I also read a Georgette Heyer, ‘Bath Tangle’ which I had not yet read, (yes, I amazed myself and went for a new one instead of a reread) (because when I’m in the mood for Heyer, I am in the mood for a comfortable old favorite.) I loved it by the way, even though I could see the ending from far off, but not how she was going to get the H&h there. Speaking of Heyer I have yet to read ‘Cousin Kate’ so I need to look at that one next.
    I’ve been scoping out my collection of Christmas books with an eye to planning my attack, but haven’t started yet. However, I have read or listened to a few mysterious/spooky reads this month. I’m a bit behind since here it is Nov. 1. But I read Joana Starnes, ‘The Darcy Legacy’ which has some ghosts that provide a number of alternately quite touching and quite hilarious scenes and a near-death poisoning mystery as well. Joana is right up there in my top 5 JAFF authors. I’ve also listened to a couple of Regina Jeffers mysteries from some years back, still have one to go, both of which are grim and gritty surprising because they too are Austen fan fic. The series starts with ‘The Mysterious Death of Mr. Darcy.’ I’m a fan of Jeffers’ Regencies as well as her fan fic.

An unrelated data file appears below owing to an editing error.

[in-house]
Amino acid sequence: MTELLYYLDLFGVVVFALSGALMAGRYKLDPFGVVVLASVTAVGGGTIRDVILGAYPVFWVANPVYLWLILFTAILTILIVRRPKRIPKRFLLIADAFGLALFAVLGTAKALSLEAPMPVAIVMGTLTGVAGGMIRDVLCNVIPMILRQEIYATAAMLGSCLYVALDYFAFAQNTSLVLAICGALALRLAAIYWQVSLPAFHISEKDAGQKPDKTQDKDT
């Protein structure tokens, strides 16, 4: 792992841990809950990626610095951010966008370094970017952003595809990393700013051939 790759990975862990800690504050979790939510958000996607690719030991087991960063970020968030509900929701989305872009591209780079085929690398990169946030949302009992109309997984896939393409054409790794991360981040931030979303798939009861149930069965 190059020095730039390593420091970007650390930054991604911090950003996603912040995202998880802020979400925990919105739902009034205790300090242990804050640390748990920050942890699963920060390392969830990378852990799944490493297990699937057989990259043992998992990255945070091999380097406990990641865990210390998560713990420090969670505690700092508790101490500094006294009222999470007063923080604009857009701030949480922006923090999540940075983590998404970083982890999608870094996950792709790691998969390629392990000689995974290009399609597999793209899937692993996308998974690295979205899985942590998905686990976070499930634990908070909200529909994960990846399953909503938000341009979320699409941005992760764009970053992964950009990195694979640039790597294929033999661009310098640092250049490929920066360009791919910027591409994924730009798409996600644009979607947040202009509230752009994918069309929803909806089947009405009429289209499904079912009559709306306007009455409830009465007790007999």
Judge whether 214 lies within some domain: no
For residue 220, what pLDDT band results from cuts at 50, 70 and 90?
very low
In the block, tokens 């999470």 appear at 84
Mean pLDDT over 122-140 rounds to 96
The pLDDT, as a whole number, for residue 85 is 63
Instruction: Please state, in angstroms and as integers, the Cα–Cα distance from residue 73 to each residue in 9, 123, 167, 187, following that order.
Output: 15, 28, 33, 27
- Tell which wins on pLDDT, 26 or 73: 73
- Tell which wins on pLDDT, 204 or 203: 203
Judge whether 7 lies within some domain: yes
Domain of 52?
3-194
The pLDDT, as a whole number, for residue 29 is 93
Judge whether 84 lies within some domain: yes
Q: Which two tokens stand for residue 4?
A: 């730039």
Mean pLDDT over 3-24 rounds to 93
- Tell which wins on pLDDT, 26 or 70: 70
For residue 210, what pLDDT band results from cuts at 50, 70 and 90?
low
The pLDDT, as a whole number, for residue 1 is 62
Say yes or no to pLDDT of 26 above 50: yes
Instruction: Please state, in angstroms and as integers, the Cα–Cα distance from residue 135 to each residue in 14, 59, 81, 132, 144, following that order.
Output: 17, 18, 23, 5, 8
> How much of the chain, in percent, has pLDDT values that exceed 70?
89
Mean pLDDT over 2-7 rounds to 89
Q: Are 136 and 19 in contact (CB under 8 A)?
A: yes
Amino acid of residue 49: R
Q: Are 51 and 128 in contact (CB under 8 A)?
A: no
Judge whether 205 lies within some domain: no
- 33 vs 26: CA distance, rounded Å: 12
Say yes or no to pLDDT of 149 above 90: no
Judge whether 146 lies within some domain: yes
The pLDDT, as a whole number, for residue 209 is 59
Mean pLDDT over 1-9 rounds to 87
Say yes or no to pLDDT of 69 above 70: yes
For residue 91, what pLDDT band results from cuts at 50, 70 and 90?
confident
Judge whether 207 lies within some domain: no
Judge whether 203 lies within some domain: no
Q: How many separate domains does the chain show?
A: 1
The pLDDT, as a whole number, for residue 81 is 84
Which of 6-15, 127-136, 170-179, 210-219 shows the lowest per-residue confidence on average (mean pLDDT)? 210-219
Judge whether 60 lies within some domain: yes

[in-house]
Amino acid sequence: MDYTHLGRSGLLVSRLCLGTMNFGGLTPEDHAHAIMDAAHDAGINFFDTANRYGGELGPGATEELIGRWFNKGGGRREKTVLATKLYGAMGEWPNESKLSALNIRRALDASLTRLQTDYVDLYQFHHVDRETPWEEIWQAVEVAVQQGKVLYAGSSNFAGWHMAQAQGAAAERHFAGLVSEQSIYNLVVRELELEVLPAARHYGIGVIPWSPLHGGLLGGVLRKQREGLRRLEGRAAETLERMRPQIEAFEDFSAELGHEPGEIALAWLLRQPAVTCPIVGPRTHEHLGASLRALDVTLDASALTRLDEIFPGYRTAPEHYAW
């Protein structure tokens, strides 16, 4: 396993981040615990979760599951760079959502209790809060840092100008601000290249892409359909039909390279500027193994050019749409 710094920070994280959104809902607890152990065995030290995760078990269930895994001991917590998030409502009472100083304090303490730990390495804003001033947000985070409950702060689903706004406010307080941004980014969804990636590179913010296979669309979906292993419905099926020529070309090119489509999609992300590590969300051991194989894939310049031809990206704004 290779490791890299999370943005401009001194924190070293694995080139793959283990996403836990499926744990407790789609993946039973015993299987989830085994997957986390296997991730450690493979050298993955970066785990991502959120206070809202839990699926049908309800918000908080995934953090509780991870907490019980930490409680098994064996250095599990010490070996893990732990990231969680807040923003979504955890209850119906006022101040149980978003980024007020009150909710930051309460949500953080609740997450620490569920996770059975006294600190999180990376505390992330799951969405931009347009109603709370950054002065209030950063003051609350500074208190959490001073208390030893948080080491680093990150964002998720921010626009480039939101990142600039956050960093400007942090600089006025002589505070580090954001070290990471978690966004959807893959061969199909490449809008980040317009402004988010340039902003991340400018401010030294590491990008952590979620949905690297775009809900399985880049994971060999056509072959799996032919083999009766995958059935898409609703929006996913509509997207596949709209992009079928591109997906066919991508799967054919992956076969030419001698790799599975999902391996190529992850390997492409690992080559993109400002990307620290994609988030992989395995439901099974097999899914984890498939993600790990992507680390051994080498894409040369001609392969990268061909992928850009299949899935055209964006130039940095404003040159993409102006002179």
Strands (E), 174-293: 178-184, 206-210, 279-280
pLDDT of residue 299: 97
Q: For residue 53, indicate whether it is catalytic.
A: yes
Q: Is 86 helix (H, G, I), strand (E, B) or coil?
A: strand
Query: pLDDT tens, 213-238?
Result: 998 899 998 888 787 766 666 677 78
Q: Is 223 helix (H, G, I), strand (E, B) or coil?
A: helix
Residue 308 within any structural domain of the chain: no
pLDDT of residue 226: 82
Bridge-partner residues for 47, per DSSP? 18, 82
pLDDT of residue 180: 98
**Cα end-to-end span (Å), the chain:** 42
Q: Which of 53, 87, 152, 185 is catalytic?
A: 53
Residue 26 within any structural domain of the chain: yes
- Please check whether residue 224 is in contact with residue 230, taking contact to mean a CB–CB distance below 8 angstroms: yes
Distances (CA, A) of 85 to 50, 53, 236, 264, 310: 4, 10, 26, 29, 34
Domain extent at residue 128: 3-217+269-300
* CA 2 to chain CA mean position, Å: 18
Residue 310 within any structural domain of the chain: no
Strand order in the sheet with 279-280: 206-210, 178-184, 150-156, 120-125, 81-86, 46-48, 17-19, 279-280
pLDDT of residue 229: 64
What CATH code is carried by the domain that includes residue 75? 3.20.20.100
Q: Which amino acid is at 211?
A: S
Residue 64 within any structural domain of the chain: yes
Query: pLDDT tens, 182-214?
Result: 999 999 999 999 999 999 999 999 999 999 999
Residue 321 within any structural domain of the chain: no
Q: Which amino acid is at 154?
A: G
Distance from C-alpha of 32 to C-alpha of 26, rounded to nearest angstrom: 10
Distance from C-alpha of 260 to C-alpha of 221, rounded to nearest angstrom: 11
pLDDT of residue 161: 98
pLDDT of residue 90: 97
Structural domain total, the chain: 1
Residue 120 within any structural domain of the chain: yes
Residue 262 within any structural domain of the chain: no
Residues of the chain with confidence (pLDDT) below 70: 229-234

To finish up with the Halloween tie-in theme, as in ghosts, I am rereading for the (?)th time Karalynne Mackrory’s ‘Haunting Mr. Darcy’ which obviously I love. And if the Christmas book pull isn’t too strong yet I may get to rereading Anna Campbell’s ‘These Haunted Hearts’ a wonderfully spooky very short story. And M.C. Beaton’s ‘The Ghost and Lady Alice.’ whose ‘hero’ isn’t very heroic until the end, and I don’t reread it every year but I still have a great fondness for it.
    Lastly, I started listening to the audio versions of Anne Gracie’s Brides series, and I’m on ‘The Spring Bride.’ I’m loving this series, these heroes and these heroines, the sisters, the butler, and let’s not forget Aunt Bea. What a great series.

    Reply
  60. I have a birthday in Oct., and some sweet people gave me Amazon gift cards so I felt ‘flush’ in the book budget dept. So I’ve been treating myself to some of my ginormous wish list/s. I read Mary Jo’s ‘Once a Rebel,’ and wow did I ever love the hero and heroine of that book (not to mention the wonderful plot.)